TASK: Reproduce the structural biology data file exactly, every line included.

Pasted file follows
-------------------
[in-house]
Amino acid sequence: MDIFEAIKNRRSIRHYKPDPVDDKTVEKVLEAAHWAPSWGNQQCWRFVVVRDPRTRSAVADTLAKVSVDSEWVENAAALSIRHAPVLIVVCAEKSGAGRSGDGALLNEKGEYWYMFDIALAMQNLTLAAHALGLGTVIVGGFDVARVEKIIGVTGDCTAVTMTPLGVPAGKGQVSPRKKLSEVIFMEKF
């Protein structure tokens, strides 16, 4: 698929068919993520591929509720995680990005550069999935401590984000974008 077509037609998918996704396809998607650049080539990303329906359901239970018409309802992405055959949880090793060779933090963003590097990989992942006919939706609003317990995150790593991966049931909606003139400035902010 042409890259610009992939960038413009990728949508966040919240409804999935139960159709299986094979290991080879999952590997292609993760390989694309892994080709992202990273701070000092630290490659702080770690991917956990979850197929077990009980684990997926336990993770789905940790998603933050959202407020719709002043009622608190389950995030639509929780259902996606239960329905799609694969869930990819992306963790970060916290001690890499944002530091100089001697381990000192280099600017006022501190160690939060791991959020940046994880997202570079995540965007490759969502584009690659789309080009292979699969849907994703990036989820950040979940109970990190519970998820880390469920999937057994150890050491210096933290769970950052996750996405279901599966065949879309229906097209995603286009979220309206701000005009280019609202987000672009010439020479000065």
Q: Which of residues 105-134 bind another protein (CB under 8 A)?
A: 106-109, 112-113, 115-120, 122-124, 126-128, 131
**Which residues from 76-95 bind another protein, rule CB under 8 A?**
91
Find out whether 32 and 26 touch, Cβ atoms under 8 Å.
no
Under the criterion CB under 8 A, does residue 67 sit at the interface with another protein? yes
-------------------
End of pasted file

[in-house]
Amino acid sequence: MDIFEAIKNRRSIRHYKPDPVDDKTVEKVLEAAHWAPSWGNQQCWRFVVVRDPRTRSAVADTLAKVSVDSEWVENAAALSIRHAPVLIVVCAEKSGAGRSGDGALLNEKGEYWYMFDIALAMQNLTLAAHALGLGTVIVGGFDVARVEKIIGVTGDCTAVTMTPLGVPAGKGQVSPRKKLSEVIFMEKF
């Protein structure tokens, strides 16, 4: 698929068919993520591929509720995680990005550069999935401590984000974008 077509037609998918996704396809998607650049080539990303329906359901239970018409309802992405055959949880090793060779933090963003590097990989992942006919939706609003317990995150790593991966049931909606003139400035902010 042409890259610009992939960038413009990728949508966040919240409804999935139960159709299986094979290991080879999952590997292609993760390989694309892994080709992202990273701070000092630290490659702080770690991917956990979850197929077990009980684990997926336990993770789905940790998603933050959202407020719709002043009622608190389950995030639509929780259902996606239960329905799609694969869930990819992306963790970060916290001690890499944002530091100089001697381990000192280099600017006022501190160690939060791991959020940046994880997202570079995540965007490759969502584009690659789309080009292979699969849907994703990036989820950040979940109970990190519970998820880390469920999937057994150890050491210096933290769970950052996750996405279901599966065949879309229906097209995603286009979220309206701000005009280019609202987000672009010439020479000065």
Q: Which of residues 105-134 bind another protein (CB under 8 A)?
A: 106-109, 112-113, 115-120, 122-124, 126-128, 131
**Which residues from 76-95 bind another protein, rule CB under 8 A?**
91
Find out whether 32 and 26 touch, Cβ atoms under 8 Å.
no
Under the criterion CB under 8 A, does residue 67 sit at the interface with another protein? yes